You disagree. Here, let me guide you through that mental shift.
Does the person earn more based on his experience?
Yes he does.
What does experience imply?
Expertise in a given field, with an ability to make the right decisions and handle situations appropriately.
Next question, if a person works in a particular field for a number of years, does it guarantee that he has what it takes to take over a superior’s position? Think about that for a while.
If you’ve been working then you know that the learning curve goes up for the first couple of months and then slowly stagnates. You learn the essentials, and get stuck with only knowing the essentials. Most are content with it and go about their daily business. Say you work in the IT field, you’ll learn a couple of programming languages at first and once you’re fairly comfortable with them, do you go on to learn the others? Would you invest that time to improve your knowledge on computers, hardwares and latest advancements, or will you stay with what you’ve got? Most remain with what they’ve got.
Can you become a software developer with the knowledge you’ve gained in the initial years? What separates developers from programmers? Yes, its experience, but what kind of experience?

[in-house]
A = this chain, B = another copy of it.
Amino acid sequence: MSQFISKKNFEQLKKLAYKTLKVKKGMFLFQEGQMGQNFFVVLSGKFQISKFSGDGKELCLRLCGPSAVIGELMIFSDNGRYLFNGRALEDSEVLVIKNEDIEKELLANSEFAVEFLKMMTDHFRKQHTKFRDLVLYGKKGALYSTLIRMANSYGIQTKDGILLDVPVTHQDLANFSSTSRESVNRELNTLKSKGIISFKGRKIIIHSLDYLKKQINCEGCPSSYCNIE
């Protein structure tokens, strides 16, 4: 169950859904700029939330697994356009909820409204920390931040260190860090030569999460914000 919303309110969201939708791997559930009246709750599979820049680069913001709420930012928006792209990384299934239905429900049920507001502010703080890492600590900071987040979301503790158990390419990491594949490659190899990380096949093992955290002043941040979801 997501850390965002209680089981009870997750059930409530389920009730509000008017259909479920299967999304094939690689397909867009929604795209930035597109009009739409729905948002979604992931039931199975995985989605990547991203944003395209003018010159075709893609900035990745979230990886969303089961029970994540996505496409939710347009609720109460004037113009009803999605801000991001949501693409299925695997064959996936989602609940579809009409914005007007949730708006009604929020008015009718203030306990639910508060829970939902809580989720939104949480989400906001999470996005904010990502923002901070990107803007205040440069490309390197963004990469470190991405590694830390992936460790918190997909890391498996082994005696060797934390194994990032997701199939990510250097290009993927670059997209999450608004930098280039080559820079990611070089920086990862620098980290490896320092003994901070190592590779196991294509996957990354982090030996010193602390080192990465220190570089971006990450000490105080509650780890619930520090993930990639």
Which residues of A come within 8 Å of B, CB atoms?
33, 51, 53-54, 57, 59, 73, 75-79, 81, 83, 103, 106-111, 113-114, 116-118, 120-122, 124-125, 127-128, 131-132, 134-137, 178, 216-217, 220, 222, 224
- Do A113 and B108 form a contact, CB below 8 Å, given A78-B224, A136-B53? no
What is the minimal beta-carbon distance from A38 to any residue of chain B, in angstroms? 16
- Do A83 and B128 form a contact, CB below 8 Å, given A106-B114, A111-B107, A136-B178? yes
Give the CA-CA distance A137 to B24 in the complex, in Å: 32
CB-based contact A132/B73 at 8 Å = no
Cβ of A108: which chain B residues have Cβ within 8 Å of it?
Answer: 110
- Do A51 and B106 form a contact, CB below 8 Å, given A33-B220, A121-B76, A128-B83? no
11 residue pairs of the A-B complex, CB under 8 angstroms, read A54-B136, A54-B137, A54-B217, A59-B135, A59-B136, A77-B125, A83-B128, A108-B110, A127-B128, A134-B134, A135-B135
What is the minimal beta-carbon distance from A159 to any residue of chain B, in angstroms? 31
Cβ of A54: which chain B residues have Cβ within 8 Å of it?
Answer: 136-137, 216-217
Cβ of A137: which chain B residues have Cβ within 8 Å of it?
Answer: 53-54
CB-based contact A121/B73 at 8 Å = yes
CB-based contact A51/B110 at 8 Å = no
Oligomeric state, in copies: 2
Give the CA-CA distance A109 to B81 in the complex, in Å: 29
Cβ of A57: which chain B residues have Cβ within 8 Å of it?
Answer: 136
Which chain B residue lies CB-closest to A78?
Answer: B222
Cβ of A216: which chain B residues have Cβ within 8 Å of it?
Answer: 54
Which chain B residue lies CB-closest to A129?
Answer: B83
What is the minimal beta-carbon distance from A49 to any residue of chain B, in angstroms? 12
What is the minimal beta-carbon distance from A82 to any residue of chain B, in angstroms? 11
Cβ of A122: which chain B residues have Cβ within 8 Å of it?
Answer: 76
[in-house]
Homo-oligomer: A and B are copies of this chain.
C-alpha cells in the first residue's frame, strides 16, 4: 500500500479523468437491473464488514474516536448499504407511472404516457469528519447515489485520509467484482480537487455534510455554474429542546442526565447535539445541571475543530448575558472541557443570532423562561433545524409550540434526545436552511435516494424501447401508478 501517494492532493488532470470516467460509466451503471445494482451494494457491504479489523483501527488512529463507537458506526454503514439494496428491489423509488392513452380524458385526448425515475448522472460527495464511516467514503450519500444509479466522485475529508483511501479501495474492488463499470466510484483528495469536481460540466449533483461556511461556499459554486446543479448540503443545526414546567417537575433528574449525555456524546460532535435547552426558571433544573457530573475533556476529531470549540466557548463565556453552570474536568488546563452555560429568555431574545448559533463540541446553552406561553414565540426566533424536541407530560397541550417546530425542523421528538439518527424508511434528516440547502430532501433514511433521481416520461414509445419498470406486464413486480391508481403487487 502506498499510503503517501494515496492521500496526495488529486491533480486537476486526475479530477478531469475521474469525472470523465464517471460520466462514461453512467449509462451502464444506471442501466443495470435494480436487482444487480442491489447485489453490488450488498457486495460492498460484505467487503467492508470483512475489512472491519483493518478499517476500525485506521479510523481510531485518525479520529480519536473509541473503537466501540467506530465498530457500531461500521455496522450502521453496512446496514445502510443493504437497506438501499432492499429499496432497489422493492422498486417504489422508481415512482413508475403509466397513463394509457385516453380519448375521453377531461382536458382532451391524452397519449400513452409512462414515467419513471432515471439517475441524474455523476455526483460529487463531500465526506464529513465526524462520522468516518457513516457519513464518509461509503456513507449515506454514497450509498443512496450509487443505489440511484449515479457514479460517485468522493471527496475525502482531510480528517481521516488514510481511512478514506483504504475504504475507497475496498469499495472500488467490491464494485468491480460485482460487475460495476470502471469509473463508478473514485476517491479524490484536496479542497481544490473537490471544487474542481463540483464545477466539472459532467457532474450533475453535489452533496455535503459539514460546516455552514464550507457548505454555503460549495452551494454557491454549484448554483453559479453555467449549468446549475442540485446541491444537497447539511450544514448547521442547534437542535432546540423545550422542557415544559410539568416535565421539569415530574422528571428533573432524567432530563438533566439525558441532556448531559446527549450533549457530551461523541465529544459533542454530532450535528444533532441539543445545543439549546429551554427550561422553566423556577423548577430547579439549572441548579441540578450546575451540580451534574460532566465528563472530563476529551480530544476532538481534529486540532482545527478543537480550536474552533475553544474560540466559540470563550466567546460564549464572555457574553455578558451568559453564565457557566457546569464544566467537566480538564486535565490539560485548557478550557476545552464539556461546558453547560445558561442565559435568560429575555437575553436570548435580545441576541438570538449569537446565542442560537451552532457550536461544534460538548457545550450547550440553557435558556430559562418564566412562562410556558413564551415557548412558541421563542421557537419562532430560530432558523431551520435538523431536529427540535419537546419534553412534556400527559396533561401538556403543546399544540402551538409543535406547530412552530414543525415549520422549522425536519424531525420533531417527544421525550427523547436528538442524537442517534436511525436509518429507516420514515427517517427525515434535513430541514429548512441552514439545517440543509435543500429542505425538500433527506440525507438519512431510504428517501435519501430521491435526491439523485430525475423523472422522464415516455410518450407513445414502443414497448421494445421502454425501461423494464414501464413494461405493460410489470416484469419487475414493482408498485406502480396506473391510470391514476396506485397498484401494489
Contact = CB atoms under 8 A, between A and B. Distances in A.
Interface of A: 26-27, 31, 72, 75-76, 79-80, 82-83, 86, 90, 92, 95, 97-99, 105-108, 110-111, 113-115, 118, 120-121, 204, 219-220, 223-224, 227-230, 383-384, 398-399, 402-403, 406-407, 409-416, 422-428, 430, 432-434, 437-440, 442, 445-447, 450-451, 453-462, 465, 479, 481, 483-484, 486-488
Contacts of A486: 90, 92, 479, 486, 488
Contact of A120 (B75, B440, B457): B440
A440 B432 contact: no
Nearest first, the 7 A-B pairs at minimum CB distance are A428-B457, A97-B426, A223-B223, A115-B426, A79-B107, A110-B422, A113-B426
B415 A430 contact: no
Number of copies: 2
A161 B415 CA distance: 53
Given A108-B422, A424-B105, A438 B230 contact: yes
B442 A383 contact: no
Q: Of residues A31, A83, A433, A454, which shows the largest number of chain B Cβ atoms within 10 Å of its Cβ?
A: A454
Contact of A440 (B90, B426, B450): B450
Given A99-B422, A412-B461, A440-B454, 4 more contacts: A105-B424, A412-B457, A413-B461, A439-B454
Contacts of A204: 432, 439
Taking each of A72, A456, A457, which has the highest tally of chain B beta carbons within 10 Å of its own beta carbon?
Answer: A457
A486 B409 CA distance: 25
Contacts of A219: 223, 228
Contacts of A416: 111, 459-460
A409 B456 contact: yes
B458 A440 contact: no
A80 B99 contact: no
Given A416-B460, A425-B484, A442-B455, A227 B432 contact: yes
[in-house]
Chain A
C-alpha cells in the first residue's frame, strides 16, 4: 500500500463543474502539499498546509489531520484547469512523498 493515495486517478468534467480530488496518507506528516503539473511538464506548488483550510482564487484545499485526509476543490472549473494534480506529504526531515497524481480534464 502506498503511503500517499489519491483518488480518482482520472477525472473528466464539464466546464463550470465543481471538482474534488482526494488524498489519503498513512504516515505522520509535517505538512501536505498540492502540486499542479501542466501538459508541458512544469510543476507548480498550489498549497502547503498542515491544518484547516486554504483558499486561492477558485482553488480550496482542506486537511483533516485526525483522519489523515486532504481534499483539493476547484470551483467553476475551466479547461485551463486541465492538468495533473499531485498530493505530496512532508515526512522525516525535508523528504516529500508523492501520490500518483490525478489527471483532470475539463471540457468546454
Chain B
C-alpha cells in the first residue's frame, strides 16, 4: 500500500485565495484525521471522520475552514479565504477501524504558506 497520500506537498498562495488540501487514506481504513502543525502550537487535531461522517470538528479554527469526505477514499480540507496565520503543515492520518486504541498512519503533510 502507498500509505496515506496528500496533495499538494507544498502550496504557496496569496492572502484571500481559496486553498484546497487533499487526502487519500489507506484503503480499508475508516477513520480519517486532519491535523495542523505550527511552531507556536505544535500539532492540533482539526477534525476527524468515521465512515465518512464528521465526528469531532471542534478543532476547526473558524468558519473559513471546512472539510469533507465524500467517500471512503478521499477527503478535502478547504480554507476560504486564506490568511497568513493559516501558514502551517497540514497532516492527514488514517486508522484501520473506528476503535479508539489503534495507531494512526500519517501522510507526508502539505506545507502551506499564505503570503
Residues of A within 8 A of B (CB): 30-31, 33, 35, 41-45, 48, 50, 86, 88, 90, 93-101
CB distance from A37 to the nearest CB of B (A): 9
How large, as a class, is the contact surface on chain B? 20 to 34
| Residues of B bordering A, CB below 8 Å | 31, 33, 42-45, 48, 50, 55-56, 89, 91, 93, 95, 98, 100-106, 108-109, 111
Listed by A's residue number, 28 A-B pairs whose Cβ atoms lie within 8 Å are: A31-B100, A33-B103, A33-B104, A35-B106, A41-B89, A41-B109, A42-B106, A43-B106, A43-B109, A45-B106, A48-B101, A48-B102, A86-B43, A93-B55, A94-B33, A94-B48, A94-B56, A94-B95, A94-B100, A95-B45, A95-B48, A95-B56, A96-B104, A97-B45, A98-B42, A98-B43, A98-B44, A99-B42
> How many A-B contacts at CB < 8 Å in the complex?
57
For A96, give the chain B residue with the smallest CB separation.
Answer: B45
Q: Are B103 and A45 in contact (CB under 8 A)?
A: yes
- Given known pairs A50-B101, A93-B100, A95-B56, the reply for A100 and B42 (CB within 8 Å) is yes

The kind you work on during your free time to attain.
Just like how Tony Robbins sharpened his intellect by keeping himself occupied, reading books written by successful entrepreneur; programmers get to the next level by putting in the effort to learn new softwares, instead of maintaining the baseline effort that keeps them from getting fired.
The experience you have as a result of sticking with a certain career for 5-6 years, implies competence, not an arsenal of extraordinary skill. The career isn’t lucrative by default, you make it lucrative by developing the skills necessary to get ahead. A career has the opportunity to draw in lucrative income, its your job to search, develop and adopt the tools required to unearth those hidden opportunities. Those tools are the books, people and places others refuse to work with that, you have to use.
You either spend the rest of your life performing the exact same job, or put in the extra effort to learn something new and draw incentive from it.
Make your choice.